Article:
The holidays can already be a stressful time for many families with children on the autism spectrum due to disruptions in routine and when you add travel into the mix, whether it being going to visit the grandparents 30 minutes away or flying overseas, it can add a lot of unique challenges and stress for these families. We hope that we can provide you with a few tips here that will allow you to approach the holidays with a little more confidence and a little less stress.
- Choosing your location
Many families are unaware that many hotels, resorts and attractions have accommodations and options that they can offer to make your trip much easier. These can range from identifying rooms in a quieter area, to offering sensory rooms and activities.
Find out if the location is a Certified Autism Center™, there is a growing list of attractions, hotels and resorts that have gone through a certification process where their staff receive autism specific training and often have many added benefits for anyone with special needs. For example, SeaWorld in Orlando has added quiet rooms to escape the crowds, identified quiet areas around the park, added sensory guides to all their rides where parents can identify how each ride might impact their child’s senses, and created a ride accessibility program. These adaptations and benefits can make all the difference in helping your vacation go smoothly.
- Know What to Ask For
After you’ve identified where to go, make sure and contact that location to identify what resources they may have available. Most attractions will have an accessibility guide and you can find many of those linked on AutismTravel.com as well, this is a great resource to help you quickly see what they offer. However, often locations are willing to accommodate additional requests based on dietary restrictions, give you tips on alternate check-in methods, or insider information on lower traffic times of the day that may not be listed in the accessibility guide. Contacting guest services at the location is always a good idea, below are some questions we’ve compiled that you might want to ask.
- What accommodations do you have for autistic individuals?
- What accommodations can be made for dietary restrictions?
- Is there a streamlined check-in process to avoid crowded check-in/ticketing areas?
- Do you have an accessibility pass for rides or attractions? What are the steps to register?
- Are there certain times of the day that are less crowded?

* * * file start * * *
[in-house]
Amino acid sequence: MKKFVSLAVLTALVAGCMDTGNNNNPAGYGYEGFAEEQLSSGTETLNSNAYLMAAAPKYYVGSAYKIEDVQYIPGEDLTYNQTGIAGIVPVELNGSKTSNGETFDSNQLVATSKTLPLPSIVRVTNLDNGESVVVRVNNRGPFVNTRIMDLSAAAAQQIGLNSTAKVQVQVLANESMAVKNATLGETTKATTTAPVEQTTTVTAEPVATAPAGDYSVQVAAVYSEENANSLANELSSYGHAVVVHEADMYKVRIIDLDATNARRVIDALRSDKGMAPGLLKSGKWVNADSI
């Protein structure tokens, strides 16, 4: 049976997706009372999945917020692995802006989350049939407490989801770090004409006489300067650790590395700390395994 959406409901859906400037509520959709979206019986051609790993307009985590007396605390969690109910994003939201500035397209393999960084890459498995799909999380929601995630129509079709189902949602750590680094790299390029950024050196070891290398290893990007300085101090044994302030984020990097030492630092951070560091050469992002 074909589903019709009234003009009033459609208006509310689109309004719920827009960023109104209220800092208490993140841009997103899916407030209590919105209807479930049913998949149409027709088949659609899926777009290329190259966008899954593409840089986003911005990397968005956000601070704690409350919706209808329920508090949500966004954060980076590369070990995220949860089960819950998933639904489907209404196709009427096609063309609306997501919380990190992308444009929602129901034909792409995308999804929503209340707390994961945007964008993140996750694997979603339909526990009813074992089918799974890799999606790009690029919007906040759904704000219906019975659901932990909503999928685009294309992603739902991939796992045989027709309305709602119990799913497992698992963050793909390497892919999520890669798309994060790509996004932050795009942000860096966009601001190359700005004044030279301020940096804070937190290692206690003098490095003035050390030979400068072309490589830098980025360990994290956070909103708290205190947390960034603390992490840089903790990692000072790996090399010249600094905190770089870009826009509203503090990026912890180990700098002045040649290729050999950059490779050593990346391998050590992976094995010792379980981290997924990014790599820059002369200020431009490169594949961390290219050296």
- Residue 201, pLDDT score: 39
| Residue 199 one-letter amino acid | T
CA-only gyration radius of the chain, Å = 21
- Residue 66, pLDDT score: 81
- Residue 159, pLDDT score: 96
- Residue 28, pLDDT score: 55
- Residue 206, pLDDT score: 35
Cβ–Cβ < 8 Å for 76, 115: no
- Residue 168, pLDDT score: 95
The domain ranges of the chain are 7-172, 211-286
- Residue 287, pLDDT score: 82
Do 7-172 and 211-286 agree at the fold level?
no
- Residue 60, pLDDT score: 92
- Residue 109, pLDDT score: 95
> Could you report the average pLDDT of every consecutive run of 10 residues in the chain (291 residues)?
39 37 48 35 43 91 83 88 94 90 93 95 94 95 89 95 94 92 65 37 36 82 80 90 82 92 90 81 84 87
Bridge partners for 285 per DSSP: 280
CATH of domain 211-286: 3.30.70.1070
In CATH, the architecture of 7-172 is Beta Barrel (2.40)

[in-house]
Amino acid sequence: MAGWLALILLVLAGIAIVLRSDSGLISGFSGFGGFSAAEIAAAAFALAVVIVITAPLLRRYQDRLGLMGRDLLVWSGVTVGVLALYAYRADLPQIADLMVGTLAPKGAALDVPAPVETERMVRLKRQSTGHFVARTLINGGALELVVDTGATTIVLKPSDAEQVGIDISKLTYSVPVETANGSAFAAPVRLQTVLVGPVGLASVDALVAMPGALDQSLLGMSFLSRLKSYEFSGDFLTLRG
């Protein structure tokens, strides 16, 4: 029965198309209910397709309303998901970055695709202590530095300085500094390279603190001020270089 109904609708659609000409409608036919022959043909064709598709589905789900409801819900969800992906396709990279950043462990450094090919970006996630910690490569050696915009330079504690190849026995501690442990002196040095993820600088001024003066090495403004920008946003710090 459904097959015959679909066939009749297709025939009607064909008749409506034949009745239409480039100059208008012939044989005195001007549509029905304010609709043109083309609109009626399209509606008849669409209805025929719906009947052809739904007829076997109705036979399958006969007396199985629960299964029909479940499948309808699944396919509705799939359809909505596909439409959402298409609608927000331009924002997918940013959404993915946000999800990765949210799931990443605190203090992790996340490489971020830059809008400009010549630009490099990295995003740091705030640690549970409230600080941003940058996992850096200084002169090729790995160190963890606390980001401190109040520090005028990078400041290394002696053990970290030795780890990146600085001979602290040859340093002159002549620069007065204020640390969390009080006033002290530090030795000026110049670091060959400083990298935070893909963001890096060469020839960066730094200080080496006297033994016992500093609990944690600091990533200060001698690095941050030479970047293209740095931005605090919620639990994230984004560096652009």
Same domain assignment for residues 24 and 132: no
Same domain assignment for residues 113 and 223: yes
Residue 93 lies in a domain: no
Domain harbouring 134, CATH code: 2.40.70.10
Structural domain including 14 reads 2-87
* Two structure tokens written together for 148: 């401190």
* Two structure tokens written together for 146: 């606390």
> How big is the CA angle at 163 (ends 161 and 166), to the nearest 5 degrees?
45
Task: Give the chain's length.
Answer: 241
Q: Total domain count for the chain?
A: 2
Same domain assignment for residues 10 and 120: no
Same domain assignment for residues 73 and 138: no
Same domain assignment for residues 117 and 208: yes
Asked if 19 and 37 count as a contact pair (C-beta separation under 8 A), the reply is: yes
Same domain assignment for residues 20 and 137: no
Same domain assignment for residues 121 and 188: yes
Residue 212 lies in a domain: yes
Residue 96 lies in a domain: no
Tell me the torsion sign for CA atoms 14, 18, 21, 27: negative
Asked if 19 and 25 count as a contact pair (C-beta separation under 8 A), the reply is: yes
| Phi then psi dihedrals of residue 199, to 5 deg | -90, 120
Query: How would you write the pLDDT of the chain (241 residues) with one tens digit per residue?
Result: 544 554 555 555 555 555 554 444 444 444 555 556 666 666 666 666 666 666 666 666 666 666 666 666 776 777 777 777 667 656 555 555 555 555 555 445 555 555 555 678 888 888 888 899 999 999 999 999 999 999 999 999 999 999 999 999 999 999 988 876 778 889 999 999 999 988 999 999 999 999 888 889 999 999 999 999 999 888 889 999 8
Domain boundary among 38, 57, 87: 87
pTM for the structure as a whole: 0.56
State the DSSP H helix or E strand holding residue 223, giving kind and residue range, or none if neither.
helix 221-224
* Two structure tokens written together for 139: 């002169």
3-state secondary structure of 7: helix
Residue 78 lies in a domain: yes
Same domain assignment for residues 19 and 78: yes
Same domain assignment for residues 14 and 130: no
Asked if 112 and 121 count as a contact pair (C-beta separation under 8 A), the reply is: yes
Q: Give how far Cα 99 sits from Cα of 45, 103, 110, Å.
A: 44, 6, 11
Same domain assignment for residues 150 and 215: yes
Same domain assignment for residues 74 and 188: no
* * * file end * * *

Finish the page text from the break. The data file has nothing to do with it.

- Are there sensory guides or sensory maps available?
- Is there a pre-travel questionnaire that helps identify ride requirements?
- Is there any difference in the schedule/attraction/rides due to the holidays?
- Are there quieter areas or rooms available? Is there a sensory room or quiet room available?
- Do they rent or provide noise cancelling headphones, sensory “toys” or any other items that you can check off your packing list?
Be sure to let them know the specific needs of your child so that they can help you identify accommodations specific to their need.
- Flying? Contact TSA
Airports and airport security specifically can be a nightmare around the holidays. However, with some preparation it can make the whole experience much more manageable. TSA Passenger Support specialists are available to anyone with disabilities, medical conditions or other special circumstances. Call 72+ hours before your trip at 855-787-2227.
You can also use a disability notification card that helps TSA agents know what to expect so that they can better serve individuals with autism.
Here is a guide to help you know what to expect before you get to the airport.
- Routine and Schedules
Deviating from a routine can be challenging and stressful for an individual with autism. Although travel requires you to make some changes to your routine there are things that you can try and keep as normal as possible. If your child is used to certain foods or activities at certain times of the day schedule that into your trip to create that sense of familiarity and routine.
When visiting a theme park, museum or other attraction it also helps to schedule out your activities throughout the day to so that you can accommodate the normal routine and try new sensory experiences in the morning when your child is rested and more receptive to new activities. If you’re visiting a Certified Autism Center™, make sure to utilize their sensory guides (if available) to help identify how each ride or exhibit might impact your child and plan your day accordingly. Having a schedule will also help your child know what is coming next so that they can relieve some of the anxiety of being in a completely new place.
You may also be able to view the location and exhibits online before visiting. For example OdySea Aquarium, a Certified Autism Center™ in Arizona, has a what to expect video that walks you through the visit to the aquarium and will give you child a good idea of what to expect. Check the locations website and app to see what other ways you might prepare your child for the experiences ahead.
- Get Help if Needed
Planning a trip is a large undertaking for any family and sometimes it can make things so much easier to get a professional’s help. There are travel agents who have been certified in autism and understand the specific needs of your family. You can find a list of qualified travel agents here.
- Have Fun!
Traveling with a child with autism takes effort and planning, but it doesn’t have to be impossible and there are a lot of resources out there for you to take advantage of. Don’t expect perfection, with any trip there will always be unexpected situations that come up, give yourself grace and understanding during those times. Try and remember to stop and enjoy the moment, you’ve put a lot of hard work into planning and these are memories you will cherish forever!